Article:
Kousa dogwood is an excellent small specimen tree, especially when it is used as a foundation planting near the corner of a house to break up vertical lines. Two of this plant's outstanding characteristics are four-petaled, white flowers that appear above the foliage in June and reddish-purple fall color. This tree benefits from a layer of mulch to maintain a cool root environment.
- Deciduous (seasonally loses leaves)
- Zone 5
- Zone 6
- Zone 7
- Zone 8
- Full sun (6 hrs direct light daily)
- Partial sun (4-6 hrs light daily)
- Occasional drought
- Acid soil
- Moist, well-drained soil
- Medium tree (25-40 feet)
- Small tree (15-25 feet)
- Mixed border
- Early winter
- Mid winter
- Late winter
- Late spring
- Early summer
- Late summer
- Early fall
- Mid fall
Size and Form
20 to 30 feet high and wide; at maturity a rounded form with distinctly horizontal branches
Tree & Plant Care
A shallow-rooted tree that will benefit with a layer of mulch for a cool root environment.
Disease, pests and problems
This plant struggles in heavy clay soil.
Borers are a possible problem.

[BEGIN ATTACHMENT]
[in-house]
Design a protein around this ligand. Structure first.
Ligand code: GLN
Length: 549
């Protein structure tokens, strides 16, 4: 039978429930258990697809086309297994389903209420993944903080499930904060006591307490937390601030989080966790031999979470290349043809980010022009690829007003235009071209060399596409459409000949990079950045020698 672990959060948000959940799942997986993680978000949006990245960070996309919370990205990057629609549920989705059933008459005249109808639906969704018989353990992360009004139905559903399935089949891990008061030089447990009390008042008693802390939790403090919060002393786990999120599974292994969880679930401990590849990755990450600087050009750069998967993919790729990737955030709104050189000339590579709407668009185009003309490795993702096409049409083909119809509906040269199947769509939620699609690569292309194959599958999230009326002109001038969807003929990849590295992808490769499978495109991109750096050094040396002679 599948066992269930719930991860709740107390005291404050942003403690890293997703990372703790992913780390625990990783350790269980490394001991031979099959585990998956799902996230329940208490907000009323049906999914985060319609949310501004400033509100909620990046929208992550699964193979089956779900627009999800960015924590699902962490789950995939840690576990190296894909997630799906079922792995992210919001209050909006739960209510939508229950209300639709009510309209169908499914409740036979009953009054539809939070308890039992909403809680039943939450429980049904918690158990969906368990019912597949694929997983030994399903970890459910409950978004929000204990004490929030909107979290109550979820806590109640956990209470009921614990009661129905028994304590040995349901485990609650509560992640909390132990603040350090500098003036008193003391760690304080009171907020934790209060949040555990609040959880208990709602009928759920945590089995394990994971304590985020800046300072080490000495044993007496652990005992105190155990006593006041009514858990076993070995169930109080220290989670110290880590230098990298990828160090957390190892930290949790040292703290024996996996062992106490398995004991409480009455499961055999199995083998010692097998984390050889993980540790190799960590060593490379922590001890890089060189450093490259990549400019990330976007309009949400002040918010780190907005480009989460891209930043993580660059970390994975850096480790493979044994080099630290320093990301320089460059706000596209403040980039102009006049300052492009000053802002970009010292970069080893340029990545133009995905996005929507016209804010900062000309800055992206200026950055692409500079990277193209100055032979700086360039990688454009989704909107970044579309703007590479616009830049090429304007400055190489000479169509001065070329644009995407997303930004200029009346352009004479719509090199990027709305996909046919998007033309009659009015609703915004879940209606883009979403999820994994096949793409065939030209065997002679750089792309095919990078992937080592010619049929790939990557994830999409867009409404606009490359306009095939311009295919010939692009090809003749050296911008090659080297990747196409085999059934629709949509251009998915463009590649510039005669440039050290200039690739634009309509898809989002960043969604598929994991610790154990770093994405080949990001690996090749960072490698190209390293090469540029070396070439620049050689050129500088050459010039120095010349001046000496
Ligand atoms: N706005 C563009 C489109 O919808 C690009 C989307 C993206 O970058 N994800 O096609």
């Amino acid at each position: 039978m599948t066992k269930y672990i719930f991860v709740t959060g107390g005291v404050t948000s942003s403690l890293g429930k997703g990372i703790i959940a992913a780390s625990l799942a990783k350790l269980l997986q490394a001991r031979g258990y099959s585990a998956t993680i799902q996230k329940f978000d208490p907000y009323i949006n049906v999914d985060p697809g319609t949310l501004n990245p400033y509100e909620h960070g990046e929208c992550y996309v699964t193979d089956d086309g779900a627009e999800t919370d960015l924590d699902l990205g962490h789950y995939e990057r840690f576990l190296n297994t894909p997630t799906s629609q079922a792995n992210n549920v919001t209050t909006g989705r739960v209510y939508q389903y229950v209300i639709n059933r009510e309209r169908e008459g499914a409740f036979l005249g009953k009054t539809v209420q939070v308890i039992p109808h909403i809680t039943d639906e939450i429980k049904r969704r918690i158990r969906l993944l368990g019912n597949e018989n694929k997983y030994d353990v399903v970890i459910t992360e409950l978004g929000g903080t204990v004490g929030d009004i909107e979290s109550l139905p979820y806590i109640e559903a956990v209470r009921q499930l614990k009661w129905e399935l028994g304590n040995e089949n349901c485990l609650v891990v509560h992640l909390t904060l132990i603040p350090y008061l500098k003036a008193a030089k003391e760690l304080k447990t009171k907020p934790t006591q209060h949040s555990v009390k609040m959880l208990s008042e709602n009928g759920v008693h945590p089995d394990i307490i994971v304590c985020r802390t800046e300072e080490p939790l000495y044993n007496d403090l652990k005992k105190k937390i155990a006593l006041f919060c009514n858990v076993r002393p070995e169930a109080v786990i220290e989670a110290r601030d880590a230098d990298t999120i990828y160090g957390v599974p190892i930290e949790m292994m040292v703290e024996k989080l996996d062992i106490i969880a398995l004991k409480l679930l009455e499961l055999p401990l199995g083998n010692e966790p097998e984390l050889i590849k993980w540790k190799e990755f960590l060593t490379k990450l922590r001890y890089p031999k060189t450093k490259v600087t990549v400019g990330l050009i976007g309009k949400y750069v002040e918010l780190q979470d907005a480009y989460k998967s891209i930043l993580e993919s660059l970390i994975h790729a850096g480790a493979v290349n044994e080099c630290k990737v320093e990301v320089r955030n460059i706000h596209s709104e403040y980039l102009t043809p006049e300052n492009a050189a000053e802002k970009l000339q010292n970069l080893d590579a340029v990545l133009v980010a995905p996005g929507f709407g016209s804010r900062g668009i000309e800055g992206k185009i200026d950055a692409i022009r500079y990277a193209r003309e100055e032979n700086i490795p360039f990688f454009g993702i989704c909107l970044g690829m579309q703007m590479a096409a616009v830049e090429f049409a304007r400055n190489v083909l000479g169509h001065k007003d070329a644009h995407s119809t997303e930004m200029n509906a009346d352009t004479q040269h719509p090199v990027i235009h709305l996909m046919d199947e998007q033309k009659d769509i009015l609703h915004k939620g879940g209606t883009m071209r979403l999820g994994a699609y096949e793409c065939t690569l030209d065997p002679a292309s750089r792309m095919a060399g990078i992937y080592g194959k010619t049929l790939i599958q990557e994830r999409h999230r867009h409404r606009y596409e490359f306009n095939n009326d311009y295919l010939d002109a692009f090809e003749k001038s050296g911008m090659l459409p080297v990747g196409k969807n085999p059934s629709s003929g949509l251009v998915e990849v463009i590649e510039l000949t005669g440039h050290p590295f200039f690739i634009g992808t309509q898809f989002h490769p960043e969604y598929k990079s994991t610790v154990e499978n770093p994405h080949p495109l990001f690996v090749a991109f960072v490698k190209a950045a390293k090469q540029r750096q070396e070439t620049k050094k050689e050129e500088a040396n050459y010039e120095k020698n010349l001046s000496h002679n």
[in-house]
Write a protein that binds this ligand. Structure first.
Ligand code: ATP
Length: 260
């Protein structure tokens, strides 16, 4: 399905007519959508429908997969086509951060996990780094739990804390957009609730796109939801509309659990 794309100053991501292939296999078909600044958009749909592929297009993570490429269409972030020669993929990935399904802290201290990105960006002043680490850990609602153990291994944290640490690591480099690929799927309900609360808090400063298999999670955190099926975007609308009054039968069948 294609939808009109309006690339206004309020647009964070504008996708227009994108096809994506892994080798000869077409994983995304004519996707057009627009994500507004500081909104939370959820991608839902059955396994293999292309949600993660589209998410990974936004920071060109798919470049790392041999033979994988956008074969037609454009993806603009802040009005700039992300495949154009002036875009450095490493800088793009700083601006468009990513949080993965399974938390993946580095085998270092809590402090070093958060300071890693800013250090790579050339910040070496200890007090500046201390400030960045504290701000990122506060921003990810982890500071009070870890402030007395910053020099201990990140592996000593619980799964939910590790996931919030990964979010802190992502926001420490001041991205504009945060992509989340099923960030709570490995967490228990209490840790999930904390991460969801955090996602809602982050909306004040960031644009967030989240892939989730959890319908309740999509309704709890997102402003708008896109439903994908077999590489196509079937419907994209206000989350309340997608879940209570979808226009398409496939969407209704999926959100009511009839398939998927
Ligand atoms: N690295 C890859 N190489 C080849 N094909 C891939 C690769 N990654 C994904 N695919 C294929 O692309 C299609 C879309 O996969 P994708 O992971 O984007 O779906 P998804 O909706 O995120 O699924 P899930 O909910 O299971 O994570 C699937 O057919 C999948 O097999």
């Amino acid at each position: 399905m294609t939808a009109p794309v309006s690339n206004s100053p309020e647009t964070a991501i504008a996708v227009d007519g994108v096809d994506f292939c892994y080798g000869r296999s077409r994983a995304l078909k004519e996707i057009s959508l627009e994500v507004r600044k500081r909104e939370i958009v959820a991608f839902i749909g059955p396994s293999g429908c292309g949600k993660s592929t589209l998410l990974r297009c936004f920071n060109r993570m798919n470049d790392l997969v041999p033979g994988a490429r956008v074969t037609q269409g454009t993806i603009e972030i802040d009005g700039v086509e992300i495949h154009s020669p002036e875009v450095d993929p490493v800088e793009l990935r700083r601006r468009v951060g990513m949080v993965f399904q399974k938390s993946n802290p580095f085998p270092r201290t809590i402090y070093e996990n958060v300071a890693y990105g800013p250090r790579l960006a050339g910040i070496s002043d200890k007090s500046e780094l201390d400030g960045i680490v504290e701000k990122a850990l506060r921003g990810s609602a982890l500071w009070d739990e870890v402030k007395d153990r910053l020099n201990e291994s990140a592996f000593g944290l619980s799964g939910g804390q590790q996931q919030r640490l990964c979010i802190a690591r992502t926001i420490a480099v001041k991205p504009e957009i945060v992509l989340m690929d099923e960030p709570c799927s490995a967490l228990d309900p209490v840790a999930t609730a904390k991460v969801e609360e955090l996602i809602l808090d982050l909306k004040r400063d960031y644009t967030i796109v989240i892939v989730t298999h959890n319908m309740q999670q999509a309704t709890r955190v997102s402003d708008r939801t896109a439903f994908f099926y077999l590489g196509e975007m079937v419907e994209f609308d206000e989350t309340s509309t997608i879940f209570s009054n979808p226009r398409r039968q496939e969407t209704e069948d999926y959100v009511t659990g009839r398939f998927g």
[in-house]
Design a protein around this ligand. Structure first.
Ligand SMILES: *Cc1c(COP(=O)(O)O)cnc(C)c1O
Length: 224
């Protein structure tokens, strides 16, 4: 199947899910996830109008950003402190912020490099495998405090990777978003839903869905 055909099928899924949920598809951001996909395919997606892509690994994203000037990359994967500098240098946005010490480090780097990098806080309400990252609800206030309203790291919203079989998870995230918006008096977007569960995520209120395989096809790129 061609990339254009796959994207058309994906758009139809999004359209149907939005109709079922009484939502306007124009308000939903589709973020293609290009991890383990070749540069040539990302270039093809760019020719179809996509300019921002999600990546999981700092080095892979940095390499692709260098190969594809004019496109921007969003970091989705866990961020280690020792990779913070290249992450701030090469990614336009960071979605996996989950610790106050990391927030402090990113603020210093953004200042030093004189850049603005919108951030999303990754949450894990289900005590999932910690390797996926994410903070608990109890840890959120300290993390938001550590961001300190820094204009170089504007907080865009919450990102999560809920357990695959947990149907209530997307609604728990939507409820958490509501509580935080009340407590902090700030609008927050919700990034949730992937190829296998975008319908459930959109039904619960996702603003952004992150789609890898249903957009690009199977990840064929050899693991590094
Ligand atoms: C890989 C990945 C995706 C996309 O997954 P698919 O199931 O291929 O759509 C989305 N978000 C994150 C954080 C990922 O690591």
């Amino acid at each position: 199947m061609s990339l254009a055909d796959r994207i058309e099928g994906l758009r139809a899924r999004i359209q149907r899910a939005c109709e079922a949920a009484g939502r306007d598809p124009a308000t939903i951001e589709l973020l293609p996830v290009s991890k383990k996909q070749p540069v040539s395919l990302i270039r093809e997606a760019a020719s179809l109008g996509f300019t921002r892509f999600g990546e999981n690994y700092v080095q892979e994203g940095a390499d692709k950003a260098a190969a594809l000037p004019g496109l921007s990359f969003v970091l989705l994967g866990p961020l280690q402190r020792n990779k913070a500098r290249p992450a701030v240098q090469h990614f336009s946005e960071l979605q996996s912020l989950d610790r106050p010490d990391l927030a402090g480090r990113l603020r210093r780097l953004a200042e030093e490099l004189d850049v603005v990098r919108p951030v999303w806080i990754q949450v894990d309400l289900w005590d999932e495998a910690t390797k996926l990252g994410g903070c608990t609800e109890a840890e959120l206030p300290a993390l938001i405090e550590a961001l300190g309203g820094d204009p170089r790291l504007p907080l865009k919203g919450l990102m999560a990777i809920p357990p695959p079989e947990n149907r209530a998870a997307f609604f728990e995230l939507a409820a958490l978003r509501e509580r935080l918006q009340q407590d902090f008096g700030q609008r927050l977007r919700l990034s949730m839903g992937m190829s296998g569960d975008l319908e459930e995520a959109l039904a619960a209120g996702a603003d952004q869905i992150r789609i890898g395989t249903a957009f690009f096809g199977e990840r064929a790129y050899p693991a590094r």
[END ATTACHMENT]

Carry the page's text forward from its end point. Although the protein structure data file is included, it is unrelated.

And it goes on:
Disease, pest, and problem resistance
More resistant to drought than flowering dogwood.
Resistant to the anthracnose (Discula) that is common on flowering dogwood.
Native geographic location and habitat
Native to Asia.
Attracts birds & butterflies
Serves as a larval host for the spring/summer azure butterfly and a nectar host for the snout butterfly.
Bark color and texture
Bark is gray-brown and slightly exfoliating.
Leaf or needle arrangement, size, shape, and texture
Simple, opposite, 2 to 4 inch long with entire margins, elliptical shape; dark green leaves change to a burgundy-red in fall.
Flower arrangement, shape, and size
This tree blooms 2-3 weeks after native dogwoods.
True flowers are inconspicuous. 1 to 2 inch, white pointed bracts appear above the foliage and persist for several weeks.
Fruit, cone, nut, and seed descriptions
Large, attractive, 1 inch, raspberry-like fruit (drupe) appear in August.